What It’s About:
Juliet Milagros Palante is leaving the Bronx and headed to Portland, Oregon. She just came out to her family and isn’t sure if her mom will ever speak to her again. But Juliet has a plan, sort of, one that’s going to help her figure out this whole “Puerto Rican lesbian” thing. She’s interning with the author of her favorite book: Harlowe Brisbane, the ultimate authority on feminism, women’s bodies, and other gay-sounding stuff.
Will Juliet be able to figure out her life over the course of one magical summer? Is that even possible? Or is she running away from all the problems that seem too big to handle?
With more questions than answers, Juliet takes on Portland, Harlowe, and most importantly, herself..from Goodreads
What I liked
I think my favorite part about Juliet Takes a Breath was that it felt like it speaks to all the wonderful and difficult things about womanhood and finding one’s identity. Be warned, this book does have curse words, slang words for vagina, mild sex scenes, drinking and smoking weed. Juliet is a 19 year old queer Latina living in the Bronx. She’s in her early years of college and is going through a time of identity development. Her struggle is exacerbated when her view of the world (and her place in it) is widened during her time in Portland.
The culture clash between Juliet’s experience in the Bronx versus Portland was really interesting. It’s her first time traveling alone and being without her family to fall back on. The landscape, people, and ways of life between the two cities were extremely different and Juliet struggled to get used to her new surroundings. l adored her family and how they loved each other fiercely despite the conflicts that arose between them.
About technology and access to information
I enjoyed that this book took me back to the early 2000’s. I was in junior high during the time that this book takes place. Lines of communication with others was different back then. You could call, write basic text messages, e-mail or use regular postal mail. Social media and widespread use of the internet by the public was just starting to take off. Information, news, and the ability to connect with others was not so simple as being just a click away.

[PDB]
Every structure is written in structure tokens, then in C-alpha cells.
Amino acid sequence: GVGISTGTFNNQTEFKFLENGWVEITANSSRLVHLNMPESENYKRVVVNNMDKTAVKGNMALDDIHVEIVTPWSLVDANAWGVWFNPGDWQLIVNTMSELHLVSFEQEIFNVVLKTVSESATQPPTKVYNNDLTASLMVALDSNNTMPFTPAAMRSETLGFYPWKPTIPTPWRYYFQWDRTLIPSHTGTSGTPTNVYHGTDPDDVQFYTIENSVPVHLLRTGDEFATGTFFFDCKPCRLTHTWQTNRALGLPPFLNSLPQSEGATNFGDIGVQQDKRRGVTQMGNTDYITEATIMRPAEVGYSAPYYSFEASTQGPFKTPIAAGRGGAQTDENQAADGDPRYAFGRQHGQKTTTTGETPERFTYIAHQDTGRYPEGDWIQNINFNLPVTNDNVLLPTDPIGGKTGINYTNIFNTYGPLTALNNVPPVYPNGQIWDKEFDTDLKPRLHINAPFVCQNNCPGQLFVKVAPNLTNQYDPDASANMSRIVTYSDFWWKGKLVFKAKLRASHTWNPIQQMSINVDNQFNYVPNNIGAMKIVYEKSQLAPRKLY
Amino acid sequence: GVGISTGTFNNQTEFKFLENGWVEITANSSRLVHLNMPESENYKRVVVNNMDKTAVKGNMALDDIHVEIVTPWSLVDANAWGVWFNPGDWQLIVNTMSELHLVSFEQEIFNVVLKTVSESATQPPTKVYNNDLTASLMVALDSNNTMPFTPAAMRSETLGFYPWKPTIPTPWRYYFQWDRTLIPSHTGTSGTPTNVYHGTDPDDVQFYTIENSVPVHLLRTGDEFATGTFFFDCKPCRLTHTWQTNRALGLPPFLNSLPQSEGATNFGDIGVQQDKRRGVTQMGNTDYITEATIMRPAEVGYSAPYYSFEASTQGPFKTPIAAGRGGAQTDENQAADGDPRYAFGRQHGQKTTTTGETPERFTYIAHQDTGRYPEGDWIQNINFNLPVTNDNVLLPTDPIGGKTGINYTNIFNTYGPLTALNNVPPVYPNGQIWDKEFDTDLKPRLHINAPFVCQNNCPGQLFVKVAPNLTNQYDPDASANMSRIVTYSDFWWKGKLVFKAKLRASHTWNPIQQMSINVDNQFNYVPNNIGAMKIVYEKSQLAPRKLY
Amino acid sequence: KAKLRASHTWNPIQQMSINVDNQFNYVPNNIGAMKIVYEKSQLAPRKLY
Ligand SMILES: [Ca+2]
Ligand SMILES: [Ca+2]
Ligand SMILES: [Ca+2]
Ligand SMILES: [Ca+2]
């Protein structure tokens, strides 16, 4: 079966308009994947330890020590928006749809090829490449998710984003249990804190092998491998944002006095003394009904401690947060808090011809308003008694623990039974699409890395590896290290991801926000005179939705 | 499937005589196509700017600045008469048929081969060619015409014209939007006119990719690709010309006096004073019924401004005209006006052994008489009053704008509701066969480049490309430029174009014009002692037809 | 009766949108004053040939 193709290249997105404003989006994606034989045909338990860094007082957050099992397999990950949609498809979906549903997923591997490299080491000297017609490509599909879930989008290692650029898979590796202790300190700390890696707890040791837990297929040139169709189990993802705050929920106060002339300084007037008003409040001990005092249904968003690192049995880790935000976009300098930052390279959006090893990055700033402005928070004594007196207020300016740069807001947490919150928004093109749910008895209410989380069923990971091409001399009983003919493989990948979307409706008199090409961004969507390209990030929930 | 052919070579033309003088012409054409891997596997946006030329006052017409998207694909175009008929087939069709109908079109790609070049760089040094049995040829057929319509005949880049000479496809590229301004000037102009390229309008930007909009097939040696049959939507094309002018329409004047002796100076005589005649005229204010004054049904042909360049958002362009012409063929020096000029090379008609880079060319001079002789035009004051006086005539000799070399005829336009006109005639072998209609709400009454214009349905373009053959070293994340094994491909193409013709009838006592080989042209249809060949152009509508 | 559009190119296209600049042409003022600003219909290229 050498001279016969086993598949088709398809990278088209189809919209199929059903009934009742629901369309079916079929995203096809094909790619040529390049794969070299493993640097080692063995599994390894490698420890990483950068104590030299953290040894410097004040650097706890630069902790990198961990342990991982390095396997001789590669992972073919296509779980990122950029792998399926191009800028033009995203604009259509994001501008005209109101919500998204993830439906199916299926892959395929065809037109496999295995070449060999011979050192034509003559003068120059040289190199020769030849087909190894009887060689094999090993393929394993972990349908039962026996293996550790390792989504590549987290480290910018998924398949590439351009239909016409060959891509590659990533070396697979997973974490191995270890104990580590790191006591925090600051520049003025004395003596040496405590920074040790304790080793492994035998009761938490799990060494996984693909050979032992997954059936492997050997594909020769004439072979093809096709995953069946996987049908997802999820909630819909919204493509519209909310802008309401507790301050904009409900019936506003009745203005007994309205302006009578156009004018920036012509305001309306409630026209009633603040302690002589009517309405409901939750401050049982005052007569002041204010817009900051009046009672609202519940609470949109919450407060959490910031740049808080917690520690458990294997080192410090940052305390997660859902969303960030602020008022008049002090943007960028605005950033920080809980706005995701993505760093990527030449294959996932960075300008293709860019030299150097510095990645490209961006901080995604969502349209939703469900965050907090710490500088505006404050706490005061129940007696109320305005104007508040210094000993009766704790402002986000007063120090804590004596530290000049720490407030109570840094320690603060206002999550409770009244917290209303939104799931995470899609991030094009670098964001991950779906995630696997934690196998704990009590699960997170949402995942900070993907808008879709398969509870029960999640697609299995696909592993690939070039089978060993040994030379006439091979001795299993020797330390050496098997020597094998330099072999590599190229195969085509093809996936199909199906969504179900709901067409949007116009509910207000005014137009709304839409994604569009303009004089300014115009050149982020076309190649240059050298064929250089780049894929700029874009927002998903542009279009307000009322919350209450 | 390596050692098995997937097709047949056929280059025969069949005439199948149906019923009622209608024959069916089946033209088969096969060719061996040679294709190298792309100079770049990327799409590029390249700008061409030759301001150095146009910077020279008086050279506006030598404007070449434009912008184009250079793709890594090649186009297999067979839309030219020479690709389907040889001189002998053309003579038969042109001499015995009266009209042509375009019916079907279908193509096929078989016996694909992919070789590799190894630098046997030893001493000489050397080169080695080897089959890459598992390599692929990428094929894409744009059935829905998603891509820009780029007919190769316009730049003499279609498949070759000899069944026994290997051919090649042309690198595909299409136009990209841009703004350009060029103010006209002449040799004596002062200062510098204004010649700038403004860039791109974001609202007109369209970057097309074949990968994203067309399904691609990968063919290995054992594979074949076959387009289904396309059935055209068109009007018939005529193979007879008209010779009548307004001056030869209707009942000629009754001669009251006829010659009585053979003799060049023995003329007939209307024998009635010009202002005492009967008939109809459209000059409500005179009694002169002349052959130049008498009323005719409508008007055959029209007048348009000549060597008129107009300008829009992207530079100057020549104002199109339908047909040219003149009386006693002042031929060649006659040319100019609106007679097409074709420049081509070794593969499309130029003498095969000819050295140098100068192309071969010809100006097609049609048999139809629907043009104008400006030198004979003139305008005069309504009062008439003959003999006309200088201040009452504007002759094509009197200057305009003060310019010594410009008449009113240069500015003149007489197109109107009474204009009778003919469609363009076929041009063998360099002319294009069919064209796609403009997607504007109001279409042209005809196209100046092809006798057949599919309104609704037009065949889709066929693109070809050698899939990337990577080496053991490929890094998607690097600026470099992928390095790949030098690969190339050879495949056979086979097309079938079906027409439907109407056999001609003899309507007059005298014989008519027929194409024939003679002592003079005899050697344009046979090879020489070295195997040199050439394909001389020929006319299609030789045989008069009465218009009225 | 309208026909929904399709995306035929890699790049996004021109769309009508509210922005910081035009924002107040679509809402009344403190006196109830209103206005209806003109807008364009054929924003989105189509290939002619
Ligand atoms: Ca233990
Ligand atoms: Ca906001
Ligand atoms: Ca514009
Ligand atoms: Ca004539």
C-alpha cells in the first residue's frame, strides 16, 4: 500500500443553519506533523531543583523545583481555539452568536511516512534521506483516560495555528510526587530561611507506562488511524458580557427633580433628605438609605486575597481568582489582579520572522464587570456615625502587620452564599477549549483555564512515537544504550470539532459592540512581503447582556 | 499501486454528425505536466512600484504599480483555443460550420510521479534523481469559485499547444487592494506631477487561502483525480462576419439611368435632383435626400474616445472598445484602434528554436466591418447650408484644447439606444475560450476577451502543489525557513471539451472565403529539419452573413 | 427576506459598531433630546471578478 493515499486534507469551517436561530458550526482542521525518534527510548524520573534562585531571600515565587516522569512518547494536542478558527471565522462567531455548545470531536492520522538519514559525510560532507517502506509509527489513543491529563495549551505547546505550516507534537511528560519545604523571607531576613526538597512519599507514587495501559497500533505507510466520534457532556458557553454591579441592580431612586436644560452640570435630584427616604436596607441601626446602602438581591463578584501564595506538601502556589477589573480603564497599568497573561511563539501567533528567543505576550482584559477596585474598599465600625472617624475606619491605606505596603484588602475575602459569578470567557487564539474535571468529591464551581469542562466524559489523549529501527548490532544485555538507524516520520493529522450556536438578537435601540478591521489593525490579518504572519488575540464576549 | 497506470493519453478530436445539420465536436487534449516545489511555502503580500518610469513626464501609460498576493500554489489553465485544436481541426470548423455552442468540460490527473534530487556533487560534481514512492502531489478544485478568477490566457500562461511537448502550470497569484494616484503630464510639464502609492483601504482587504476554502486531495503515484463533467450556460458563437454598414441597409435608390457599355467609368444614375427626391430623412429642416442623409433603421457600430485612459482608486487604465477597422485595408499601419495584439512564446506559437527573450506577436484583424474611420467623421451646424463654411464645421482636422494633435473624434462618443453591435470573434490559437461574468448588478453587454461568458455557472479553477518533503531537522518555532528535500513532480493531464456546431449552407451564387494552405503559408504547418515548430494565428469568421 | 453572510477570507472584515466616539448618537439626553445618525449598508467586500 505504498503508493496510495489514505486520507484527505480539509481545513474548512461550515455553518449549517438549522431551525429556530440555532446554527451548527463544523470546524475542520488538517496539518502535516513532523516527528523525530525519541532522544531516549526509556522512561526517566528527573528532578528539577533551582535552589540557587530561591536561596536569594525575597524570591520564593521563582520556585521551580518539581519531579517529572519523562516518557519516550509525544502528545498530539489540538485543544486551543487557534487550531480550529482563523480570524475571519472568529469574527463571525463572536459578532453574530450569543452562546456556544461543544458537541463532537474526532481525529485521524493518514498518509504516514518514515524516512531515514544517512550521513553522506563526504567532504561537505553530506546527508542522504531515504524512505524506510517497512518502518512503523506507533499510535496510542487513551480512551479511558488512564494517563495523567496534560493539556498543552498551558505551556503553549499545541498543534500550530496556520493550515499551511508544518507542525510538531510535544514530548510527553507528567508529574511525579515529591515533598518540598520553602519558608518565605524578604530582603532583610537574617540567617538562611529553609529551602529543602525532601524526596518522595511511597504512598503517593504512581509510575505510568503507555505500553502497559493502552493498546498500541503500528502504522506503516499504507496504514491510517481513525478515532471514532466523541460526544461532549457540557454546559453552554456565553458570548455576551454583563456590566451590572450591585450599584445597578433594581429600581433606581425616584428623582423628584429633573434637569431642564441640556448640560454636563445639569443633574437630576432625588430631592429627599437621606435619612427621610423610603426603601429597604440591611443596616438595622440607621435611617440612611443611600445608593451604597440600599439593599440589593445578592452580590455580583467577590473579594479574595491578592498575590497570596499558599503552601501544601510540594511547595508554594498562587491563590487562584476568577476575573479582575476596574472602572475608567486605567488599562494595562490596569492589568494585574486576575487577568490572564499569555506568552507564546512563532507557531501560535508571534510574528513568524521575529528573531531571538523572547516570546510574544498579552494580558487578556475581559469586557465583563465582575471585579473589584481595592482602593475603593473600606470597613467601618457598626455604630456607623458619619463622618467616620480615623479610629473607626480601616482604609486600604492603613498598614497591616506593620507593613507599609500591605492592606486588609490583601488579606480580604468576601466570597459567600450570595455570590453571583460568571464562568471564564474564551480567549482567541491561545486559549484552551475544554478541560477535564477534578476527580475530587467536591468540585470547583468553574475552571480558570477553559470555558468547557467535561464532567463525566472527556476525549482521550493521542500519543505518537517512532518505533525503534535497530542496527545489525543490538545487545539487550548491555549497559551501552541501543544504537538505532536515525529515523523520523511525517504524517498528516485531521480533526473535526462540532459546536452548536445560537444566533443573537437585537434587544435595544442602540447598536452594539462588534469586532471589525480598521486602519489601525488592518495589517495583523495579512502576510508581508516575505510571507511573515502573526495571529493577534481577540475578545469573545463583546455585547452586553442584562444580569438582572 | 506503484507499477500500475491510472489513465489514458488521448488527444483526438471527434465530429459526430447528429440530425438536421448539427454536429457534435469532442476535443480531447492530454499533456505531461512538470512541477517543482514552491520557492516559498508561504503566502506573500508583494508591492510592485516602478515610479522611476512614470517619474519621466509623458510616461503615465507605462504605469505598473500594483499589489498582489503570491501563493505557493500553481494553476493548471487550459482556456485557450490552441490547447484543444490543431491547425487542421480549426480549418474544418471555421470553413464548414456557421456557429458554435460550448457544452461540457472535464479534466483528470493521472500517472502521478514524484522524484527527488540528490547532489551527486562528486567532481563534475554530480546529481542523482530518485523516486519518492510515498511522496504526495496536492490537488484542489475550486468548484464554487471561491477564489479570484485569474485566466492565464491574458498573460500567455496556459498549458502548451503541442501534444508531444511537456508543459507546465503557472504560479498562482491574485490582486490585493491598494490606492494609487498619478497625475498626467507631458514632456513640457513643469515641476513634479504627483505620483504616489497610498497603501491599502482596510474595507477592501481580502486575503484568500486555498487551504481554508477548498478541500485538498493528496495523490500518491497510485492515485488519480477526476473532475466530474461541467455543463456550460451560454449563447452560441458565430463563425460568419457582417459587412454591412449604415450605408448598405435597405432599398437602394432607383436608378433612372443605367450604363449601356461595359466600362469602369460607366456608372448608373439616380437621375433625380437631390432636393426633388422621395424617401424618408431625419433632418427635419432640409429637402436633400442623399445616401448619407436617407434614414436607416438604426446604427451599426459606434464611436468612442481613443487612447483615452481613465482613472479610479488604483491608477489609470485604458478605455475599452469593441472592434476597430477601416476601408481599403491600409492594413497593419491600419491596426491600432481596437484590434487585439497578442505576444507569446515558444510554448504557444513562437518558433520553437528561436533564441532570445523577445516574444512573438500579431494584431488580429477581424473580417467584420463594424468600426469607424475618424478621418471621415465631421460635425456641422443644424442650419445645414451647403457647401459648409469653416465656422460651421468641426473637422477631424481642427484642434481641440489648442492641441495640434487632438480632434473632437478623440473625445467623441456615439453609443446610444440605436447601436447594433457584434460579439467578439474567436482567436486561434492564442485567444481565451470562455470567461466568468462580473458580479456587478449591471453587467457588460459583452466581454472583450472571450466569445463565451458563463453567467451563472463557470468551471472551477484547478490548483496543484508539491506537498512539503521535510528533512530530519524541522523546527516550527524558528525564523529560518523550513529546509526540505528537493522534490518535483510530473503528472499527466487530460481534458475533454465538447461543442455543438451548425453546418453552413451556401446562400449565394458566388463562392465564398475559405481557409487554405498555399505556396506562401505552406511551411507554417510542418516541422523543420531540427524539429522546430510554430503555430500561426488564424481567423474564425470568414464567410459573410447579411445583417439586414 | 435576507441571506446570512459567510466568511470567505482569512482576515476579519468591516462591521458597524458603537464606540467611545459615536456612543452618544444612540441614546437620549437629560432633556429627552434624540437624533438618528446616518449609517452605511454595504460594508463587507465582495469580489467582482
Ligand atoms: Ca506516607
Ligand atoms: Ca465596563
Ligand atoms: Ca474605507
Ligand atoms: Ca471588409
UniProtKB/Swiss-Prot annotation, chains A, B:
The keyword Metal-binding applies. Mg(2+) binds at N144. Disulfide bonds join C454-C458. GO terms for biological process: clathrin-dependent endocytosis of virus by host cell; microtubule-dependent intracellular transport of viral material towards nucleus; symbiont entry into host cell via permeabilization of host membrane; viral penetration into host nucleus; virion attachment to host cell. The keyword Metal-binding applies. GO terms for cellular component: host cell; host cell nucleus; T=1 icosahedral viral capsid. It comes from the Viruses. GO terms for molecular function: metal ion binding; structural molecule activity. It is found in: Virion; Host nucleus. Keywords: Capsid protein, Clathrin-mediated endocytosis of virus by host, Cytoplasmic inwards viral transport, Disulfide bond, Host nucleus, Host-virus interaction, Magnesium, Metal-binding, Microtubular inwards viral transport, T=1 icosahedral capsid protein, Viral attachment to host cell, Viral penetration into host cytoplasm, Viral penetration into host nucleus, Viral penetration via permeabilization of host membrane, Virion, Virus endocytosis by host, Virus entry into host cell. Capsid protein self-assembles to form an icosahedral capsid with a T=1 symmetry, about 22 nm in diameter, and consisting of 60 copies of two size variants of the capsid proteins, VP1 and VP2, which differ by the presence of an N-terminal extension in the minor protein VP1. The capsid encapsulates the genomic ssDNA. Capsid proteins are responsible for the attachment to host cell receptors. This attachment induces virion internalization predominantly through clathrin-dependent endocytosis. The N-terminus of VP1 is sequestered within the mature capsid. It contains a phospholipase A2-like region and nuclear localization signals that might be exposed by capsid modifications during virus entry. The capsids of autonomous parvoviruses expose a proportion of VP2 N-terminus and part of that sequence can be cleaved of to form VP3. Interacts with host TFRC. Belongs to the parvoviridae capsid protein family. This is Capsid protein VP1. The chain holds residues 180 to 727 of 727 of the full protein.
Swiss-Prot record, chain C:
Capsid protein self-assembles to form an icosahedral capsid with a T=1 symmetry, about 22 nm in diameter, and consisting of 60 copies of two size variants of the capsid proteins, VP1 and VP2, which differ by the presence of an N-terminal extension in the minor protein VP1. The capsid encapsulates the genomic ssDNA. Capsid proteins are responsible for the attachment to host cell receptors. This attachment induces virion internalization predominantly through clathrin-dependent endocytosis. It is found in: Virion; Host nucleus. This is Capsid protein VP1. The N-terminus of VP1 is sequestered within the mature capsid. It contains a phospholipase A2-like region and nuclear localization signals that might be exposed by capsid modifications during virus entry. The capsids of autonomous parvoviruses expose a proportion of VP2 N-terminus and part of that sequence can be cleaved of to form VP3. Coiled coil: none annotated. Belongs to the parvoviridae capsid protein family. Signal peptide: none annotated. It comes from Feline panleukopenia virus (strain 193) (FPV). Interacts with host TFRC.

The limited access to information made Juliet’s discoveries and searches more difficult. Alot of things that she learned about the LGBTQIA, feminist, and Puerto Rican communities and movements were either introduced to her by other people or book research that she did in the library. There were many moments where Juliet had insecurity and self doubt because there was so much she didn’t know. It was impressive to see her eagerness to learn and seek out information from various sources to form her own opinion about things.
Loving yourself as you are
The main message that spoke to me was the message of self acceptance. Juliet learns to love herself as she is. And I mean self acceptance in multiple aspects. Throughout the book she always doubted whether we was good enough…as a queer person, Latina, feminist, friend, daughter, lover, student. There are so many facets that make up a person and we often feel insecure or not good enough. Juliet is a great example for others in that she realizes that she will never be perfect and doesn’t want to be. She just takes a breath and tries to live her life in way that makes her happy.
What I didn’t like
There was not a whole that that I didn’t like about this book. Some parts felt more on the “preachy” side. Like there was more telling than showing to get a point across. Harlowe, the author that Juliet was interning for, would annoy me sometimes and I can’t quite describe why. I just didn’t like her that much. Maybe because Juliet had her on this pedestal but it was clear that she wasn’t all that great. But for the most part, I was able to move past the things that bugged me and move on with the story.
This book would appeal to a wide range of readers because of all the relevant topics that are covered in the story. It reminded me alot of another book that I read, Patron Saints of Nothing by Randy Ribay (Goodreads). You can read my review of it here. I would say that this book is geared more toward the older teen readers because of some of the content mentioned earlier.